Cabdrivers seek to unionize to push fare hike
BY FRAN SPIELMAN City Hall Reporter April 21, 2014 12:35PM
A taxi passes the corner of Des Plaines and Lake St. Wednesday, August 29, 2012, in Chicago. | John J. Kim~Sun-Times
Updated: May 23, 2014 6:13AM
Tired of waiting nine years for a fare increase and being pushed around as independent contractors, Chicago cabdrivers are trying a different tack to press their case for a “living wage.”
The United Taxidrivers Community Council on Monday signed a memorandum of understanding with the National Taxi Workers Alliance, an affiliate of the AFL-CIO, in hope of unionizing Chicago cabdrivers and bolstering their political clout.
To pull it off, the UTCC will have to more than triple its membership—from 200 to 300 members to more than 1,000.
UTCC secretary Peter Enger believes that’s achievable, considering the fact that it only took a few weeks to gather 1,000 signatures on petitions delivered Monday to Mayor Rahm Emanuel.
“We are ever more united. They are behind this movement that’s building nationally,” he said.
At a City Hall news conference before the signing, Enger and other UTCC officials were joined by Bhairavi Desai, executive director of the 17,000-member New York Taxi Workers Alliance and the president of the National Taxi Workers Alliance.
Desai called cabdrivers among the “most exploited” workers in America because they are universally “misclassified” as independent contractors. But she called the working conditions for Chicago cabbies a new low.
“It’s unacceptable to have conditions where thousands of taxi drivers are earning below minimum wage after laboring 60 to 70 back-breaking hours” a week, Desai said.
“This is a grueling job. People are working hours that are basically two jobs in one shift. Yet, at the end of that, they’re not even making enough money equivalent to one job that most Americans earn. That is unconscionable.”
In New York, Desai said the union got a 2012 fare hike that put “every dollar” into drivers’ pockets, with 6 cents earmarked for what she called the “first-ever health care and disability fund to benefit 30,000 active drivers." New York City also created a special unit to prosecute lease over-charges, she said.
In Chicago, cab fares have been frozen since an 11.7 percent increase imposed by the City Council in 2005.
Emanuel’s 2012 taxicab reforms raised the lease rates drivers pay — by as much as 31 percent for the most fuel-efficient vehicles — while cabbies walked away virtually empty-handed. The mayor’s only concession to drivers was to make the $1 fuel surcharge permanent and to fold it into the cost of entering a cab, known as the “flag pull.” Desai called it more of a “ploy” than a raise.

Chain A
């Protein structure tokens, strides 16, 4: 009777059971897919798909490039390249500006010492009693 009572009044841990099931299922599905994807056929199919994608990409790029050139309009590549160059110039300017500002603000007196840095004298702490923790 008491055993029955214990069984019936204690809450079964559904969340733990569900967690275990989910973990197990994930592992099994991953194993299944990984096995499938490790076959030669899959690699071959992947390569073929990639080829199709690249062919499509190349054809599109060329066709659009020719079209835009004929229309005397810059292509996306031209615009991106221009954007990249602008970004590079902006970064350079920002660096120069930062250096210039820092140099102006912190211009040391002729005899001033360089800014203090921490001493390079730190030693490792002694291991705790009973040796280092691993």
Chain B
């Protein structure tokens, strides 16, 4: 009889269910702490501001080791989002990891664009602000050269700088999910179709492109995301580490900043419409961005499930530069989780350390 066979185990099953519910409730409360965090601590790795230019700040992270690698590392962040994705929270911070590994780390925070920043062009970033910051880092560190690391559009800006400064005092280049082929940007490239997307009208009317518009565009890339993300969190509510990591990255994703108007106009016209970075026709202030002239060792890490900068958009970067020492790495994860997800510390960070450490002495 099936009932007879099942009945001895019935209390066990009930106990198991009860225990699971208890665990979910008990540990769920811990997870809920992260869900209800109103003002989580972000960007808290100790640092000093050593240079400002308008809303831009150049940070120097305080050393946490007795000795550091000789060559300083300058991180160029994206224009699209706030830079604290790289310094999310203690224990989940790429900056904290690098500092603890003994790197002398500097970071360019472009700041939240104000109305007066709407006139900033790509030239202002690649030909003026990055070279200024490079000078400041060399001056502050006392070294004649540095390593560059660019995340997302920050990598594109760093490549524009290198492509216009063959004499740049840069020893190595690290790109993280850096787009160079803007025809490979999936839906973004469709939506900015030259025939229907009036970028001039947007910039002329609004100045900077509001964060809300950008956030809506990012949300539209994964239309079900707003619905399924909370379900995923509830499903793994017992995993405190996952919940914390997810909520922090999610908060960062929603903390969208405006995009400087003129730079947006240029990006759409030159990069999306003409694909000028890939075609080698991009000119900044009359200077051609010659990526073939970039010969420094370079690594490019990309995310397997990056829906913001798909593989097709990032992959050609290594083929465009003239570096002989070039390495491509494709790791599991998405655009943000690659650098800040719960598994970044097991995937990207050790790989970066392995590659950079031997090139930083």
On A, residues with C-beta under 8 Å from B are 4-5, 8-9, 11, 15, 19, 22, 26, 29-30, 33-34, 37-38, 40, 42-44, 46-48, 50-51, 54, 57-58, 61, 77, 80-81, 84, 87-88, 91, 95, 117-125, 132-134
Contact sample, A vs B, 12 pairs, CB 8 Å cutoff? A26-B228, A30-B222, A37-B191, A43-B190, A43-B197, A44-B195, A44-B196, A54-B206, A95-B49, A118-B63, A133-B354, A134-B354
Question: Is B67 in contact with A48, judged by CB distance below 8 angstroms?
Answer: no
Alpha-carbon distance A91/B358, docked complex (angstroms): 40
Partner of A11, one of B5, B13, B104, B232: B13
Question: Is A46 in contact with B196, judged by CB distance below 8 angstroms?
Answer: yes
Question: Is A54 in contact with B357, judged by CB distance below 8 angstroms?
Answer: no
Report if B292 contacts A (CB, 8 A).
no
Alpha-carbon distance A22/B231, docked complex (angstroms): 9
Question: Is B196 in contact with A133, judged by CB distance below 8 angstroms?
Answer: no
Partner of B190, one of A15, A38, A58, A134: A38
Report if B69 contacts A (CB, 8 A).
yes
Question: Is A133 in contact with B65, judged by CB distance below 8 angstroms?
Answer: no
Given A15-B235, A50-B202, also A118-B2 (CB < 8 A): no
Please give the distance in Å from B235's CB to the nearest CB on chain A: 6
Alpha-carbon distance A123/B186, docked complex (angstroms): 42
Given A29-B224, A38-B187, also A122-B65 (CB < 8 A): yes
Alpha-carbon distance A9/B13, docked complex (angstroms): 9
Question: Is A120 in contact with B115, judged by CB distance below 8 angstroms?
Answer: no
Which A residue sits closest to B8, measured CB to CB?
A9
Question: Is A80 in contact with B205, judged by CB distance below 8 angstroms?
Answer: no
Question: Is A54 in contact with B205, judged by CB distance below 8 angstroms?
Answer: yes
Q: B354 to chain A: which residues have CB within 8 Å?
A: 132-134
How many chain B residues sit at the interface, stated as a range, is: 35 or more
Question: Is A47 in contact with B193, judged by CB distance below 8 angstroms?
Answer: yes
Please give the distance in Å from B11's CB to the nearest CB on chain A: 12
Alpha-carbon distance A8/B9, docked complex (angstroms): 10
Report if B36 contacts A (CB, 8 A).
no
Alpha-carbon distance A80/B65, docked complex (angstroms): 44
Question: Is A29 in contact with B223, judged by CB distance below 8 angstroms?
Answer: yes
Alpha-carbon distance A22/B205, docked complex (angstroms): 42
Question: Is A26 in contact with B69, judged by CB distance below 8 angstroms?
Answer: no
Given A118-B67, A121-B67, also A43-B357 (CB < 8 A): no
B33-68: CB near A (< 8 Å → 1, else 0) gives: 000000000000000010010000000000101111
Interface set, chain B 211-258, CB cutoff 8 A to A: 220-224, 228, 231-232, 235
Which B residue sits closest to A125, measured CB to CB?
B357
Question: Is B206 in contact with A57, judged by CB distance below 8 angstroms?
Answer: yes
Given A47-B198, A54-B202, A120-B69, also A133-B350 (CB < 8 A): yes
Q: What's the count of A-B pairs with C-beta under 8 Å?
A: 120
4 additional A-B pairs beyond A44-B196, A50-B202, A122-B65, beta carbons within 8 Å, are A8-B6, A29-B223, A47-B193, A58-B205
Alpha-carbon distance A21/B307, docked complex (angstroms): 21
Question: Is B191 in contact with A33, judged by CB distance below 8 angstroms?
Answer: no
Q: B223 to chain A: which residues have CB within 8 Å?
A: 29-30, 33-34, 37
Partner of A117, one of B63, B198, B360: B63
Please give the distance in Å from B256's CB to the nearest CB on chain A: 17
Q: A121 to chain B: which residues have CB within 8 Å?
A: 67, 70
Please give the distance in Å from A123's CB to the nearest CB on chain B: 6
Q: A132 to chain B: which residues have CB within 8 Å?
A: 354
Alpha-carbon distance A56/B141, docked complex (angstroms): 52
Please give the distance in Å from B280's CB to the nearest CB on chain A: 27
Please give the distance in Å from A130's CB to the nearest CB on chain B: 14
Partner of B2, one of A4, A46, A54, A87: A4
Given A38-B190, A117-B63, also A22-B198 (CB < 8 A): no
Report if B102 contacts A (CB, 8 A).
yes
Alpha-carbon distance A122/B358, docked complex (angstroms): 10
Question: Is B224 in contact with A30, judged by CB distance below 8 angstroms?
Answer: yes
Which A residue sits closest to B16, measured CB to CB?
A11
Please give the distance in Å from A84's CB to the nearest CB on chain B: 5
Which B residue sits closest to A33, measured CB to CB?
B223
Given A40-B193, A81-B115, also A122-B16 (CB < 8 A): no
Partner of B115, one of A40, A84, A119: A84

“For the drivers’ bottom line, there was no increase. Then, the mayor turned around and allowed the taxi companies to increase how much they could charge on the lease, which actually meant drivers lost income,” Desai said.
“Drivers in Chicago are more organized than they have ever been. And with this memorandum of understanding, they have found new allies…Every attempt that’s been made to isolate the drivers politically in Chicago, what our affiliation seeks to do is break that isolation . . . We are ready to give the organizing resources necessary for the drivers of Chicago to continue this fight to victory.”
Earlier this year, cabbies filed a class-action lawsuit in federal court accusing four of Chicago’s largest cab companies and their owners of “misclassifying” their drivers as independent contractors when they should be employees eligible for overtime and the state’s $8.25-an-hour minimum wage.
The class-action lawsuit not only seeks a declaratory judgment that drivers are employees — not independent contractors. It also seeks millions of dollars in damages and back pay for “all persons who have worked as taxi drivers in Chicago over the last 10 years” while paying the companies to lease their vehicles for $90 a day and $500 a week.
Enger, one of five named plaintiffs in that lawsuit, said Monday the UTCC has a comprehensive plan to boost driver income that includes, but is not limited to, a fare increase.
He refused to discuss the details, except to say, “Besides just a strict meter increase, there are many other ways the city can pass ordinances and rules to put more money in peoples’ pockets.”
Enger added, “It’s time for a massive overhaul of the whole taxi industry nationwide. The medallion system is broken. We have [ride-sharing] and new kinds of transportation options that are creeping into taxi industries all over the country. We need a new model. These lawsuits are one of the ways to challenge what has been happening to these disenfranchised workers who are working these long hours for less than minimum wage with no workers’ rights.”